Ceramics is a class offered here at West Ranch for students interested in learning handbuilding techniques, the history of ceramics, and creative expression. By learning about sculptures and how to create them, using both conventional and unconventional mediums, students are able to study the fundamentals of design using materials like clay and cardboard.
“It has been very interesting and difficult at times to teach Ceramics within a hybrid model at the beginning of the semester. Using unconventional materials, we created sculptures that focused on balance, repetition, space, form, and texture,” Mrs. Philburn, the Ceramics teacher here at West Ranch, explained. “Once everyone was able to pick up their clay and tools, we were able to create our sculptures using clay. During class, I demonstrate the techniques that the students use and I use the breakout rooms daily to have students show me their work and field individual questions and offer assistance.”
In addition to lack of supplies and difficulty in distribution, other hurdles students have had to overcome are adequate work space and finding household tools to take the place of ceramics tools. In order to continue the students’ learning, Mrs. Philburn says that she “has relied a lot on [her] recorded demos that [she] has posted so the students can watch techniques on repeat.”
During the current situation, students have mostly shifted to spending time examining historical, contemporary, and 3-dimensional ceramic works everyday to keep them inspired and full of new ideas, in addition to continuously creating sculptures.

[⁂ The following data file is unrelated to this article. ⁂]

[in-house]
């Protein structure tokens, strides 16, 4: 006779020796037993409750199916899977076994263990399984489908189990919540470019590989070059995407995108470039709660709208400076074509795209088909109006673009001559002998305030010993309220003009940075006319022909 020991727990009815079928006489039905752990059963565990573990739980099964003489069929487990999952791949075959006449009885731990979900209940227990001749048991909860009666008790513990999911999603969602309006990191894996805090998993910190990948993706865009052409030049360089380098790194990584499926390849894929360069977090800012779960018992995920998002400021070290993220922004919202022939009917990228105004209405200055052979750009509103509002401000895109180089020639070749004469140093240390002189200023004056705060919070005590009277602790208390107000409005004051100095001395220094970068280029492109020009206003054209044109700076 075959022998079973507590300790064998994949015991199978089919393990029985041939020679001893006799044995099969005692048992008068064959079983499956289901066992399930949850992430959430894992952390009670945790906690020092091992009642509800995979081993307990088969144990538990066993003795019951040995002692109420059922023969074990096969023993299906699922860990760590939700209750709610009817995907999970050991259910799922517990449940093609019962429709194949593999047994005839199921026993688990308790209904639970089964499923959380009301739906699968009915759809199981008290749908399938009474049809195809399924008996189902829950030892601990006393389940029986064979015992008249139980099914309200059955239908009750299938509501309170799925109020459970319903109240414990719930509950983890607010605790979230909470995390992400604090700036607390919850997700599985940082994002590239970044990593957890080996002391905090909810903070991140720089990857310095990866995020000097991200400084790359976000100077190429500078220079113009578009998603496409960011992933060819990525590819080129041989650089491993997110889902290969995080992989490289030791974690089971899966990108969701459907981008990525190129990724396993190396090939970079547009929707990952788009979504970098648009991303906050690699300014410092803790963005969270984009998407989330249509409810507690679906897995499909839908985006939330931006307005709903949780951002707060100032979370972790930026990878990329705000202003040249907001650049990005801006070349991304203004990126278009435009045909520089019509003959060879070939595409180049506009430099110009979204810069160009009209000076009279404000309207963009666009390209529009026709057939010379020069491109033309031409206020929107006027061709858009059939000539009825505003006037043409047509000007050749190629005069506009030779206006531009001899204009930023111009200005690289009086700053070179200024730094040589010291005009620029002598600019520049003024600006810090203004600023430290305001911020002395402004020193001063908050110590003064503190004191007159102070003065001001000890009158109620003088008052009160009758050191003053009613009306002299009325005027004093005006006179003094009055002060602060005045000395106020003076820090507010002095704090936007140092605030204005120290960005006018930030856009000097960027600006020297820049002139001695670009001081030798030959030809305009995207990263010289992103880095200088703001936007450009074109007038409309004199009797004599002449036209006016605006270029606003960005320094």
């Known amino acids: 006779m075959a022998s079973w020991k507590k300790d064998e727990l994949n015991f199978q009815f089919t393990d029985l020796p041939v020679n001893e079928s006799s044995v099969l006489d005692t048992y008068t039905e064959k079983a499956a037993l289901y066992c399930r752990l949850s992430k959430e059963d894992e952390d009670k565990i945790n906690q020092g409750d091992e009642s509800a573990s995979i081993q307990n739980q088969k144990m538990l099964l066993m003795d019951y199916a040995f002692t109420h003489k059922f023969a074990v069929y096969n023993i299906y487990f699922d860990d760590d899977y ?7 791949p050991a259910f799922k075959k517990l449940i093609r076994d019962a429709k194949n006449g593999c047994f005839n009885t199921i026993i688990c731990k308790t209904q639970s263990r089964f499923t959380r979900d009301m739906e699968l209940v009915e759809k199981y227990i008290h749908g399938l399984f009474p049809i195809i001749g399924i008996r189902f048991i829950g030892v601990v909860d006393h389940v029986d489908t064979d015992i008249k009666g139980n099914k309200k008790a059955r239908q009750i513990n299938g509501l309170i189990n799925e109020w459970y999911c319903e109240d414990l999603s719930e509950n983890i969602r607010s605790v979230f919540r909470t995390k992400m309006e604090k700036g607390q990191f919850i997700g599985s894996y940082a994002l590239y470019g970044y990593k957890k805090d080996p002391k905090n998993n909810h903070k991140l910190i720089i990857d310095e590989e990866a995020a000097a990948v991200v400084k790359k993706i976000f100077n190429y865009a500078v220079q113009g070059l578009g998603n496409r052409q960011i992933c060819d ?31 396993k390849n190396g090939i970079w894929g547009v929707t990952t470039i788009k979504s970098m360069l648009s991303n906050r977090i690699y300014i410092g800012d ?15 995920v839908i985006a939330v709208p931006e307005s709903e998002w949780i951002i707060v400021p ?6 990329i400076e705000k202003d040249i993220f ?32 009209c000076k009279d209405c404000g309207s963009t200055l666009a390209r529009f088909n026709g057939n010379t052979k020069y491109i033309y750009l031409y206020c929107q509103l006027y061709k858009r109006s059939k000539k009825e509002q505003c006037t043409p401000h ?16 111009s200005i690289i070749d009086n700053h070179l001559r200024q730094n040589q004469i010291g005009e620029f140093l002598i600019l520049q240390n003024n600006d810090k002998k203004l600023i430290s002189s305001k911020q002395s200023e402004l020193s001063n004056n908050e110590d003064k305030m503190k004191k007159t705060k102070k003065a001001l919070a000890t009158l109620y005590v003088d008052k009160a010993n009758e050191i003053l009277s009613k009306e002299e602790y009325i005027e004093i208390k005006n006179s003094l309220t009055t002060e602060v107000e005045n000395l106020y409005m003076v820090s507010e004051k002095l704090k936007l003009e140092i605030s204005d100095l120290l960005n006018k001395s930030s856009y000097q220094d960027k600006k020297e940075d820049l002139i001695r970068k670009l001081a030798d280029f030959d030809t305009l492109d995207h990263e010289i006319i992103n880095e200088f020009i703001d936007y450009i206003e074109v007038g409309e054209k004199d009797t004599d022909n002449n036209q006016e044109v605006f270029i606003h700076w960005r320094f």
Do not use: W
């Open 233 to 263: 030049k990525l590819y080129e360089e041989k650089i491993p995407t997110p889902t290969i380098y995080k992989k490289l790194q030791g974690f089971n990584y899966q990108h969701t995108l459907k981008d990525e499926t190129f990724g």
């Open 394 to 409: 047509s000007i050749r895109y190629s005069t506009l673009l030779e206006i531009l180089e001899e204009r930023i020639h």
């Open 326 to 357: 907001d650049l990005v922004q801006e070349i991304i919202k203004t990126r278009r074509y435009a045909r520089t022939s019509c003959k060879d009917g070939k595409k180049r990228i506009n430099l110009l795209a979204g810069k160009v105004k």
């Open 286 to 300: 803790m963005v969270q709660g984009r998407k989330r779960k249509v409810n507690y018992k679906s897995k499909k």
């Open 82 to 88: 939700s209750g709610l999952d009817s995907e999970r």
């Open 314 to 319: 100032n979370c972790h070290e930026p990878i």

Mrs. Philburn continued, “Whatever the work, I really just want my students to slow down and take time to admire artwork wherever they may be at any given moment. They can learn a lot from just observing! Working with clay and other sculptural materials is an expressive way to learn spatially and I try to provide a creative space for my students to work in, but I’d like my students to constantly think of form, space, and design when viewing the world.”
Hanna Ayoub, a West Ranch junior taking the class, explained, “Because of online learning, it can be hard for us to understand how to create small and detailed pieces that we attach to our main clay pieces.”
However, even with the new difficulties, many Wildcats claim to have enjoyed their time in the class during the year. Ayoub describes her experience in the course as “unique, rewarding, and complex.”
Kayleen Raoufi, another junior student taking the class, remarked, “There were many things I liked about the class, but if I had to choose one, it would be the fact that we got to choose what we wanted to make for our projects. This really lets us express our creativity.”
Both Ayoub and Raoufi highly recommend Wildcats to take the class if they have any interest in artistry and creativity. Cats, if this applies to you, make sure to check out the class and the creativity it offers in detail!